“the landscape of sound: the highway” is a meditative conversation between the two sides of the brain, “i” and “you,” about hearing sounds throughout the day and night, and the questioning of one’s sanity. In a way these two voices are talking to one another, but they also are speaking with the reader, engaging them. As these selves recognize the limitations of what they know [or don’t], the photograph bordering the text reminds us that what haunts us can occasionally hold some light.
Alice Says Go Fuck Yourself Arts & Lit Magazine: Issue 01
mundane objects: the porch
mundane object: the porch captures a bright moment of spring as summer guts it. While the world likes to think of spring as a joyous time, this poem takes a peek into the darker more insidious side of the season of renewal. This poem operates as a performance, a dance between what is and what isn’t. It begins so softly as so many days do, full of promise and allure, only in the middle section to begin to deteriorate. The photograph that the poem ends itself in, asking the reader to question for themselves what is missing / what was taken, echoes the violence subtly mentioned in the earlier part of the poem, showcasing an image that has been violated through the inconsistencies of 35mm film development. A reminder that not everything works out.
New Note Poetry Magazine:
mundane objects: brunch
“mundane object: brunch” processes the inversion of emotion through a short window of time as the narrator goes to brunch with their lover and watches that person shift and change in front of them. The text moves the way a body does while playing witness to things we can’t control; it squirms, it tries to escape, it attempts to flip flop away from feelings and fears.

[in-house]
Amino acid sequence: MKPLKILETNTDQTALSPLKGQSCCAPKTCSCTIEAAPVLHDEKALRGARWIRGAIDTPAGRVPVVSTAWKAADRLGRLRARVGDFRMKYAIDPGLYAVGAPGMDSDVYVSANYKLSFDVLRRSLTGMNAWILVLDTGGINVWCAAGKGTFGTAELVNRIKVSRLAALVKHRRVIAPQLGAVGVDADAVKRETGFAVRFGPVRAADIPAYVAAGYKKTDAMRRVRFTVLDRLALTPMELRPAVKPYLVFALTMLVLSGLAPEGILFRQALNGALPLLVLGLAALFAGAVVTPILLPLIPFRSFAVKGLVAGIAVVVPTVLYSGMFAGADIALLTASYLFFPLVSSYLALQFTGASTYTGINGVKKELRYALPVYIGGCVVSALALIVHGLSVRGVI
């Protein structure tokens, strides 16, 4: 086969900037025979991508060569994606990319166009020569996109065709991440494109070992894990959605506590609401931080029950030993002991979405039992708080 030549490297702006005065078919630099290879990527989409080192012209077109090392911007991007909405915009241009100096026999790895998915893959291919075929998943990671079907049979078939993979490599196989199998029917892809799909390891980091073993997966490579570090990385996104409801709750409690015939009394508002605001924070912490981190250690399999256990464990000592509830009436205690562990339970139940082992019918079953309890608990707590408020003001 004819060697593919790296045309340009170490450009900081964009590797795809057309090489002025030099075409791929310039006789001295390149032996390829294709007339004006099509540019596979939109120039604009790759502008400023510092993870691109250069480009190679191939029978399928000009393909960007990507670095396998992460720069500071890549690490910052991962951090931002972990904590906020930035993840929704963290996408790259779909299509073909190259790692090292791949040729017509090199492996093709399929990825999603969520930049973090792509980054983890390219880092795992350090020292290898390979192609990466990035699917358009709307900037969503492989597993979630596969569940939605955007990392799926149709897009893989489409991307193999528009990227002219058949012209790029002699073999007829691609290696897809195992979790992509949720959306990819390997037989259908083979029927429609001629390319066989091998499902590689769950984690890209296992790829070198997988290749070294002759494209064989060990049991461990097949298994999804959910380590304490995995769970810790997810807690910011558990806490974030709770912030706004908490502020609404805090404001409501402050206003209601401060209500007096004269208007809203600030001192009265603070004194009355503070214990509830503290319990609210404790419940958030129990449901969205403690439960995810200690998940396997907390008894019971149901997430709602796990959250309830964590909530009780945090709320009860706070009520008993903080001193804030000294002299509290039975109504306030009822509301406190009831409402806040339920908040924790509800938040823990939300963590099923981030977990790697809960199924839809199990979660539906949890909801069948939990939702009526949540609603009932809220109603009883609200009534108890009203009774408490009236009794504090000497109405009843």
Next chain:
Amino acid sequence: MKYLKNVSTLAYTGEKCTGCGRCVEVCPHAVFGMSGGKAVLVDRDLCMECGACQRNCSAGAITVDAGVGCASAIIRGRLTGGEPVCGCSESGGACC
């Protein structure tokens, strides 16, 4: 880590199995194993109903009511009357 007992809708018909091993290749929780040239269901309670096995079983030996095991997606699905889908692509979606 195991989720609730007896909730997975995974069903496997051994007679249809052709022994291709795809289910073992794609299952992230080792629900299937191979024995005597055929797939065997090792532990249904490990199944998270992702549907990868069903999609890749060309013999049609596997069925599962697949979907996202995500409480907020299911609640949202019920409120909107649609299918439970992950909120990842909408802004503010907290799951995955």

Poetry Northwest: Volume XVII, Issue 1-Summer & Fall 2022
*Winner of the PNW Presenting series, Chosen by Senior Editor, Xavier Cavazos
mundane objects: the evening walk
"mundane objects: the evening walk” is, in short, a cacophony. This poem explores the fissures in the mind when the stress of living a neurodivergent life during a pandemic wears the narrator thin. Juggling the potential future of a parent with cognitive issues and her own mental pathway complications, the narrator leads the reader through something that seems as simple as an evening walk is anything but. The space of this poem is interrupted constantly by gray matter, as the brain of someone with cognitive issues – whether from aging or mental illness – is similarly marred. This poem is about the grief of continual [and unavoidable] loss, and the strange texture of reality when backed up against the fluid expanse of our minds.
Heavy Feather Review: Haunted Passages Series
mundane objects: the therapist's office
“mundane objects: the therapist’s office” is a detailed description of the mundane object of falling into a kind of ruin and the questions surrounding salvation. The narrator paints the room of her therapist’s office, and the building in which the therapy center is housed, for the reader. But it isn’t as simple as just a room, just a building, just a space in decay. The poem itself calls into question the value of oneself as a mentally different/mentally ill person, the subtle fears lurking around every wall bend, and the ultimate question of what is worth being saved both inside and outside of the self.